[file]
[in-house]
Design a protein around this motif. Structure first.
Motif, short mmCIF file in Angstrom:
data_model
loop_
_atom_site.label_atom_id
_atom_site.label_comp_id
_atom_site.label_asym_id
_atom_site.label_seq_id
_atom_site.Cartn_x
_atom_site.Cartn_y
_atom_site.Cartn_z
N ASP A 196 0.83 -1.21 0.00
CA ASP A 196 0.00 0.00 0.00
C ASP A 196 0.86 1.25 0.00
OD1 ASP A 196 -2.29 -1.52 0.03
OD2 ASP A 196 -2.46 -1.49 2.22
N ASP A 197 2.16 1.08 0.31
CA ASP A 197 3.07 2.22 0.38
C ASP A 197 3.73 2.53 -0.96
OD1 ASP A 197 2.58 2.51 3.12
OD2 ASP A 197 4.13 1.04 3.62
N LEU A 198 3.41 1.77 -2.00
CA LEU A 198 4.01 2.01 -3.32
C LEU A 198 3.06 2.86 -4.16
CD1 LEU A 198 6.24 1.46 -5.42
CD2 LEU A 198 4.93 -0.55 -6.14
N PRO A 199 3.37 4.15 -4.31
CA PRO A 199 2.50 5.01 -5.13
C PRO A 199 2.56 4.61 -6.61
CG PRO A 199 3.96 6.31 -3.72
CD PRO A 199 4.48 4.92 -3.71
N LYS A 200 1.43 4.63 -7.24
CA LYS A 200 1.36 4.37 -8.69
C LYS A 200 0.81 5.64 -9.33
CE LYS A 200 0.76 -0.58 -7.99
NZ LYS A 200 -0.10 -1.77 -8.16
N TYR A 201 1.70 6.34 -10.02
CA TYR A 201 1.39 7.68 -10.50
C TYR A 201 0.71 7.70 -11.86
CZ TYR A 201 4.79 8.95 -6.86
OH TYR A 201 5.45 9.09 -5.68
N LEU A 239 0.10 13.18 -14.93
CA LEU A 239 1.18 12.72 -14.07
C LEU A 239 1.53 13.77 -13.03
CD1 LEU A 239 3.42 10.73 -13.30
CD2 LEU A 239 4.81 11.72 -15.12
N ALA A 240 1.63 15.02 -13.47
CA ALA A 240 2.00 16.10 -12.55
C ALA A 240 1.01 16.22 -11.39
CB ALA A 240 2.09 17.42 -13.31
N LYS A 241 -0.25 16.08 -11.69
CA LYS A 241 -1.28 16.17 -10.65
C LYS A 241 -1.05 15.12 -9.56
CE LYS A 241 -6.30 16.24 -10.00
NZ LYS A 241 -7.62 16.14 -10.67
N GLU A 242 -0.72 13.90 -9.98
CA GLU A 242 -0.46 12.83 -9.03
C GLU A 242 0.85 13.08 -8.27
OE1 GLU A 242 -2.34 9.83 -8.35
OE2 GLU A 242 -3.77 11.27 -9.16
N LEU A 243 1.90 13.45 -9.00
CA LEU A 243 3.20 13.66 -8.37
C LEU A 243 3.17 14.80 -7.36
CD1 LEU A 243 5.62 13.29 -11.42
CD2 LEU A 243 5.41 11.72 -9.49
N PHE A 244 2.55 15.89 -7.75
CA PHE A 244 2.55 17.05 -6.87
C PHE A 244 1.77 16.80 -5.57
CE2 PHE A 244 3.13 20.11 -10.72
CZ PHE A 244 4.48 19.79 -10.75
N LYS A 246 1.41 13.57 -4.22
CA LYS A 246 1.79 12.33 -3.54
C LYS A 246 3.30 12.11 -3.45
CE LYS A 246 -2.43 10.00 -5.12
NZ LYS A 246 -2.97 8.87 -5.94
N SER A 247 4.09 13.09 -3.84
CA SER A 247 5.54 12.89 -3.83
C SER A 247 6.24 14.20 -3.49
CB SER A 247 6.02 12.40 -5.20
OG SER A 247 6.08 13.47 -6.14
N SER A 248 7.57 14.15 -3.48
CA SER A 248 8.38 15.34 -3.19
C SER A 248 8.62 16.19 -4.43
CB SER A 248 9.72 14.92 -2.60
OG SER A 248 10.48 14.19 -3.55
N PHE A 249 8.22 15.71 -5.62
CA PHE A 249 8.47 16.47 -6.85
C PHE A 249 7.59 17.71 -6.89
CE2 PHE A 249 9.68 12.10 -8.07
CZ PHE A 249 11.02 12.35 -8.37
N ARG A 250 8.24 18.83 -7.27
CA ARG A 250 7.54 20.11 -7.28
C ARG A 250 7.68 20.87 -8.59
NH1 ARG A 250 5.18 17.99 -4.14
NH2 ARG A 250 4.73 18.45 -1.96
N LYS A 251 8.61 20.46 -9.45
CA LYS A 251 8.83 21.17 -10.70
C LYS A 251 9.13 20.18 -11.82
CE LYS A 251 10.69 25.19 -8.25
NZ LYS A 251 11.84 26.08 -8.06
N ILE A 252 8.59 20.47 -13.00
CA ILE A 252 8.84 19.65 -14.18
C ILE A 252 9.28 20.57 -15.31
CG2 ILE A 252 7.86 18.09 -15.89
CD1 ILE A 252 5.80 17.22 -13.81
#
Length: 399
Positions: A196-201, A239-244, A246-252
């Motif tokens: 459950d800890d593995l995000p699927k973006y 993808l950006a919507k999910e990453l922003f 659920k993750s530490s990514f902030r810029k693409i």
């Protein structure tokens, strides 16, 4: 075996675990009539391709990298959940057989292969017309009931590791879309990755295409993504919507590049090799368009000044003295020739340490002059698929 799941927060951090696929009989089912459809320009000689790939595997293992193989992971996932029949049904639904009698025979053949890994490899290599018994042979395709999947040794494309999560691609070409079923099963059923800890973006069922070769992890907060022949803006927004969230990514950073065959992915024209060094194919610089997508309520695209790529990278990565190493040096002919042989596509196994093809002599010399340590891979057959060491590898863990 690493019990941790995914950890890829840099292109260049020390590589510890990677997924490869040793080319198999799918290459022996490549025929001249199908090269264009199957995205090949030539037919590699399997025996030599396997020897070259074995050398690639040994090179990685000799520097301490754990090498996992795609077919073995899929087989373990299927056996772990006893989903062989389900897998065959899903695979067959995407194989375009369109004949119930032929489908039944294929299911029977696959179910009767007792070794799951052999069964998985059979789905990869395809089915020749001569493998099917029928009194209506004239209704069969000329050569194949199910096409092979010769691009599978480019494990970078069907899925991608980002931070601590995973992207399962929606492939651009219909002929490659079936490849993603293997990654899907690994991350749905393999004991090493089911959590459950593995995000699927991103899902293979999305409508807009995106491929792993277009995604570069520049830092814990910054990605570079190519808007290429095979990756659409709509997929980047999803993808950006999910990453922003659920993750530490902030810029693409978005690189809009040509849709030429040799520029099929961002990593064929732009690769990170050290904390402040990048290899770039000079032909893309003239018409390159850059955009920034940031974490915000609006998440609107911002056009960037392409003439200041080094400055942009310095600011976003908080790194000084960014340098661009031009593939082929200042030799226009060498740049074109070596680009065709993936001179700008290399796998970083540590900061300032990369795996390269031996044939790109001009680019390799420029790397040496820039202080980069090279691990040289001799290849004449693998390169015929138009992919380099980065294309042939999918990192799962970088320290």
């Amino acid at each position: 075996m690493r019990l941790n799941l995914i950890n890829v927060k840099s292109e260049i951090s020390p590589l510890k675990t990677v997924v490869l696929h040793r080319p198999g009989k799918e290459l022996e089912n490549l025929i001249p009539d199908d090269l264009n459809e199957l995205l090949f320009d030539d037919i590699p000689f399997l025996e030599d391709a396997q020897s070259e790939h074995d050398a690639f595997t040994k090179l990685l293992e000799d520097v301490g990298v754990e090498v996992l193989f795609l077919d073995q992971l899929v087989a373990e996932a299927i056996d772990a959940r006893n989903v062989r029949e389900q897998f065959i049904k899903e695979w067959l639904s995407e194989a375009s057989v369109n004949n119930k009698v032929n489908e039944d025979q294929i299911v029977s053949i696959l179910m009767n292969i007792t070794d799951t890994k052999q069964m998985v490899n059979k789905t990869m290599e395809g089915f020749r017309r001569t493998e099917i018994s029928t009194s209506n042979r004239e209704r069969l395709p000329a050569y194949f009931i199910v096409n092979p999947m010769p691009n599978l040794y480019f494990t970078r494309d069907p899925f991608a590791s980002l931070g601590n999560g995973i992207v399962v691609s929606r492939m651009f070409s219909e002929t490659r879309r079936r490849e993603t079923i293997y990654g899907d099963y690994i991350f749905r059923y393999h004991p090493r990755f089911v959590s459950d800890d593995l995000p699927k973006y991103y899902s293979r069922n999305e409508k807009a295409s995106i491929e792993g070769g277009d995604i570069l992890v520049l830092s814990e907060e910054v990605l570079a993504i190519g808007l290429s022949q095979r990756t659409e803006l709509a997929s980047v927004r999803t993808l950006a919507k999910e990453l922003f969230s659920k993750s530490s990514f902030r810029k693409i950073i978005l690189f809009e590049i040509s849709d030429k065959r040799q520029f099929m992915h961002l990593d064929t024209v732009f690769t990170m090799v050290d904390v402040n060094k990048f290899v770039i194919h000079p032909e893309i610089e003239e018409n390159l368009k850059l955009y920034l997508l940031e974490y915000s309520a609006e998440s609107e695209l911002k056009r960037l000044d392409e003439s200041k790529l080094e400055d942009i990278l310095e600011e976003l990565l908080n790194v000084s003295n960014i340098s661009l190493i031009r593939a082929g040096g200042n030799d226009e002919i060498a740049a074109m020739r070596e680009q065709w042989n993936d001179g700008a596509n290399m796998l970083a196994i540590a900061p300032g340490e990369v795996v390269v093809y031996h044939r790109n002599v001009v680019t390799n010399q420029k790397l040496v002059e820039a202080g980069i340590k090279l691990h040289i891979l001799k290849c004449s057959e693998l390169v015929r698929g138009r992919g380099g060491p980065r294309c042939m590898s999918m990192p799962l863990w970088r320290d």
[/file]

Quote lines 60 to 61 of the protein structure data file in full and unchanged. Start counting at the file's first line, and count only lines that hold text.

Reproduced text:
OE1 GLU A 242 -2.34 9.83 -8.35
OE2 GLU A 242 -3.77 11.27 -9.16